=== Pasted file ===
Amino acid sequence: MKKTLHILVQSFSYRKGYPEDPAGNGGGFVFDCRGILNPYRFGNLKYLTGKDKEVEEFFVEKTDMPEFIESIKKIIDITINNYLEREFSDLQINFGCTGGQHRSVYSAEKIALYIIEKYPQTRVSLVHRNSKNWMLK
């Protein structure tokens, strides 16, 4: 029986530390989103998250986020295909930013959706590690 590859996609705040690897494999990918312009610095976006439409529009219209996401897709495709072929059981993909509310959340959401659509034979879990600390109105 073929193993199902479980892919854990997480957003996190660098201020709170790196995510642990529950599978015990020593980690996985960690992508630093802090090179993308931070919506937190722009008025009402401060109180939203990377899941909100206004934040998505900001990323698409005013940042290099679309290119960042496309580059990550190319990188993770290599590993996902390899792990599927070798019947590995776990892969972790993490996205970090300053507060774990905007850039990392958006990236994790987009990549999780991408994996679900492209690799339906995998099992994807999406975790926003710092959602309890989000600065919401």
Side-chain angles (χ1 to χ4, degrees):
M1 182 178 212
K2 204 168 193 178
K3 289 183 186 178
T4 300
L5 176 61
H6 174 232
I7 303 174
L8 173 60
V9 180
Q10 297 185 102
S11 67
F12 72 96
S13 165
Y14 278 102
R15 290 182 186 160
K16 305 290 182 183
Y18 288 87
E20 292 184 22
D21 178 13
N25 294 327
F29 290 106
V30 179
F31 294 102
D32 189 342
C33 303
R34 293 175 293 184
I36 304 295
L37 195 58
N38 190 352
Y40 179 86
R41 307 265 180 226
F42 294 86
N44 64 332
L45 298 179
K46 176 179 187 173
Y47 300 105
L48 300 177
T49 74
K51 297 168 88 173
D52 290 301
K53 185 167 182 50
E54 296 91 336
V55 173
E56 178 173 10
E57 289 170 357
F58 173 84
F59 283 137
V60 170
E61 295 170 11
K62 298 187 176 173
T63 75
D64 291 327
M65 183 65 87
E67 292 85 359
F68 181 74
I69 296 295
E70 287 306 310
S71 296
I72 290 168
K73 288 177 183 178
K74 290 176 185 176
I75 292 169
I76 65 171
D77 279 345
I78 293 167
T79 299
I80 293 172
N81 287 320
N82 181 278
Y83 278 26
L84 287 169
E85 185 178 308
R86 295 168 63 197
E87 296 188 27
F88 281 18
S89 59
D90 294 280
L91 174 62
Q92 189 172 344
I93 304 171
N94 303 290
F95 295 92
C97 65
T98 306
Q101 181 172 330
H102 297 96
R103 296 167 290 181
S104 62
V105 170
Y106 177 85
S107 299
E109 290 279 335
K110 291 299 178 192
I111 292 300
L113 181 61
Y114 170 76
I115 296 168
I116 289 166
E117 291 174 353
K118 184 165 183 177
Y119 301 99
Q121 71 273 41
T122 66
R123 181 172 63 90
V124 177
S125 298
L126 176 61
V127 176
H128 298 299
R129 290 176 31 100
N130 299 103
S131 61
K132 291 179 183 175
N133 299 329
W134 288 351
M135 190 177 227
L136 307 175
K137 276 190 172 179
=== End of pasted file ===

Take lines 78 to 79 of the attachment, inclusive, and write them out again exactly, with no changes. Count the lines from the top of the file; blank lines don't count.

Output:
F88 281 18
S89 59